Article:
How Ashley Stricklin found the Catholic Church at her Baptist college

Stricklin first communion Ashley Stricklin celebrates with friends on the occasion of her First Holy Communion. Courtesy photo.

Ashley Stricklin says she had a typical Texan upbringing. She was raised a Southern Baptist in a town outside of Dallas, with a family who was active in her church. Her father was a deacon in their Baptist church, and she accepted Jesus into her heart when she was nine.

Although Stricklin lived near a Catholic church, she had never been inside it, nor did she really know any Catholics--that is, until she went off to Baylor University, one of the largest Baptist-affiliated universities in the world. There, she met faithful Catholics, and embarked on a long, and at times even secretive, journey into the Catholic Church.

The Catholics Stricklin met at Baylor were "always so joyful," which prompted her to begin to wonder what exactly was so different between the Catholic faith and the faith she was raised in. Despite her faithful Baptist upbringing, Stricklin said that she always felt as though "something was missing," in her life, but could not quite put her finger on it.

Her new Catholic friends invited her to Eucharistic adoration, which was the first time Stricklin had ever seen the Blessed Sacrament--and she began to see exactly what she had been missing.

After that, everything changed, and she says she "started her journey" toward Catholicism. Three years later, that journey would reach a milestone, when she was received into the Church on April 28, 2019--Divine Mercy Sunday.

Stricklin received her first communion and confirmation at St. Peter's Student Center, which is a campus ministry of the Diocese of Austin for students of Baylor University and nearby colleges.

Like many new Catholics, there were significant hurdles that Stricklin had to overcome before being received into the Church--both in the doctrinal sense and in the personal. For Stricklin, it was easy for her to come to accept teachings she had previously believed were wrong, such as the Immaculate Conception of Mary and Mary's role as mediatrix of grace.

"I actually did a Marian consecration before I was confirmed," said Stricklin. "And so it just went full circle for me."

It was the reaction of her Baptist parents, however, that proved to be one of Stricklin's biggest anxieties before entering the Church. Although Stricklin knew from early on in college that she wanted to become Catholic, she delayed entering the Church until her senior year, because she was afraid of how they would react.

"I definitely thought my parents were going to disown me," Stricklin said. "That's why I waited until I was a senior, because I didn't think my parents would continue to pay for college."

In the meantime, Stricklin read book after book about Catholicism, nearly exhausting the Baylor library's section on Catholicism. She read everything from "Rome Sweet Home" to the "Summa Theologica," eventually concentrating on conversion stories and books about the Eucharist.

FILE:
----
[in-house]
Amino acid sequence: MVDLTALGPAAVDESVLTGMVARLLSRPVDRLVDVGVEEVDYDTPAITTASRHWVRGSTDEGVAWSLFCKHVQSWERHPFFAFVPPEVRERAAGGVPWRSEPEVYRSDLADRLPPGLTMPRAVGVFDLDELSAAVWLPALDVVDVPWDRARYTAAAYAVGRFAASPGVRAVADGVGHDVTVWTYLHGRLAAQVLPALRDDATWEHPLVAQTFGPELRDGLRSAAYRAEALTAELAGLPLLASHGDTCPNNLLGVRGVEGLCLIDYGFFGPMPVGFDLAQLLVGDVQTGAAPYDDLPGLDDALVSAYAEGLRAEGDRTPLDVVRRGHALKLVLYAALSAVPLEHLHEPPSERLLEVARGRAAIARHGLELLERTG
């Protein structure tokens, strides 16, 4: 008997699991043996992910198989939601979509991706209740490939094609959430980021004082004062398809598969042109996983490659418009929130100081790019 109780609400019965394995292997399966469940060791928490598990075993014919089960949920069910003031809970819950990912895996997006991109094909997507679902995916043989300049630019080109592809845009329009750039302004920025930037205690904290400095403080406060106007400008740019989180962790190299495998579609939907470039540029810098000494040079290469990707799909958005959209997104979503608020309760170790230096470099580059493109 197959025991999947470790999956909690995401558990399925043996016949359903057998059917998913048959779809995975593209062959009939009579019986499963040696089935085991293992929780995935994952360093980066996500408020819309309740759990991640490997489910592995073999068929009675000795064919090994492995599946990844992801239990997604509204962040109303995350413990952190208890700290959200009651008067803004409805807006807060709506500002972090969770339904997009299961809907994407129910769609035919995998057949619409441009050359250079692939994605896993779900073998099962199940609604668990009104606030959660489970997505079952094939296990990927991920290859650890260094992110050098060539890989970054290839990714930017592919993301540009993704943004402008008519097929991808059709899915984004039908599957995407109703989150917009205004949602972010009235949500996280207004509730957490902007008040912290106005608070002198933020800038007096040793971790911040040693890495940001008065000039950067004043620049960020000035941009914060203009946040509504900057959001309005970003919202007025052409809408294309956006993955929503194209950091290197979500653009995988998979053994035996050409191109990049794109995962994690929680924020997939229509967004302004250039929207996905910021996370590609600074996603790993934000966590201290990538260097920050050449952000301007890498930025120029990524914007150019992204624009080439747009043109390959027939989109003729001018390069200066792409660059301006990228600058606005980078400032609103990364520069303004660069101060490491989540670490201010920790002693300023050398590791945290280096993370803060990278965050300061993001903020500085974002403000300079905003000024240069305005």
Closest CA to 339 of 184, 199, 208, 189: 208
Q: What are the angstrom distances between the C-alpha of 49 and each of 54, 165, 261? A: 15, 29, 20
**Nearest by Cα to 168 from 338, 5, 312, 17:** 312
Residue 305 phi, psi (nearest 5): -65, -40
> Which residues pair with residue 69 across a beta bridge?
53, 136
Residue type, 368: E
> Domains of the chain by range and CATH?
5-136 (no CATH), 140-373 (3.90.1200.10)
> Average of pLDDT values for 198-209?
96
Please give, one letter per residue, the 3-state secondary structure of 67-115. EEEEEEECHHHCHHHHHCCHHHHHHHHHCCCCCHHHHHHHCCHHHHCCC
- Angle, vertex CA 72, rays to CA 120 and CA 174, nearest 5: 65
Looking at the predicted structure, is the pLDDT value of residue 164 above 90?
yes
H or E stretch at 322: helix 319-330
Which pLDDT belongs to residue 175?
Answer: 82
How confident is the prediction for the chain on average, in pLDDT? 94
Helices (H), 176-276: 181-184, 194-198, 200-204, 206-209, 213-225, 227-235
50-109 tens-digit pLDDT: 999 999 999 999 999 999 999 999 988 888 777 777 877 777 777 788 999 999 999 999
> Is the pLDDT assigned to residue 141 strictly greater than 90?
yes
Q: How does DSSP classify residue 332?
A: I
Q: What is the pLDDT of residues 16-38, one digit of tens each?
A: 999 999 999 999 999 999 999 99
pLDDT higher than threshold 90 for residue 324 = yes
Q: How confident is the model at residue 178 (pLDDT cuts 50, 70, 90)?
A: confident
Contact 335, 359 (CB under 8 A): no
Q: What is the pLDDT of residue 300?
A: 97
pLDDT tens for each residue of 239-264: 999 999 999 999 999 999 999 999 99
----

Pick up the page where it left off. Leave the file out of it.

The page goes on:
Still, she kept all of her religious curiosity and plans a secret from her parents--for three years.

"I would hide my books," she said. "I cleaned my (web) browsers, which was really not a good idea looking back now."

Fearful still of her parents' rejection, Stricklin waited until just two months before her First Communion and Confirmation to tell them what she was planning on doing. To her astonishment, while they were certainly taken aback, they neither abandoned her nor cut her off.

"I told my mom in February and she thought I was joking, like she just thought it was a joke," she said, laughing. "I was like, 'Oh no, mom, it's not a joke.'"

Despite her fears, Stricklin's mother attended her First Communion, and her father is supportive of her religious journey, both of which were pleasant surprises. Her grandparents, however, still do not know she has converted.

Stricklin chose St. John Paul II as her confirmation saint, something that she was hesitant to do as she thought it would reveal that she was a convert. Eventually, she realized this was silly, and went with him anyways. She said she chose St. John Paul II due to both her interest in Eastern Europe, and because she found his papacy and writings to be "truly inspiring."

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Stricklin is now a student at Creighton University School of Law, where will graduate in 2022. About seven months into her new journey as a fully-initiated Catholic, Stricklin remains intrigued and fulfilled by the Eucharist, and she continues to delve more into her faith.

After initially being intrigued by the Eucharist at her first-ever adoration, Stricklin says now that she considers the sacrament to be "such a joy" and that she eagerly looks forward to receiving it. And despite her initial troubles, fears, and everything else associated with the process of converting to Catholicism, she says things have been smooth sailing.

"It's been an interesting journey, and each day I just continue to strive for sainthood and just keep trying to increase and my relationships with God, so, yeah, it's been good," she said. "It's been a cool journey so far."

This story is part of a CNA series profiling new converts to the Catholic faith.

 Ed. note: Due to a typographical error, the headline of this story originally referred to the "Baptish" denomination. The correct word, of course, is "Baptist." CNA's editor apologizes profusely.

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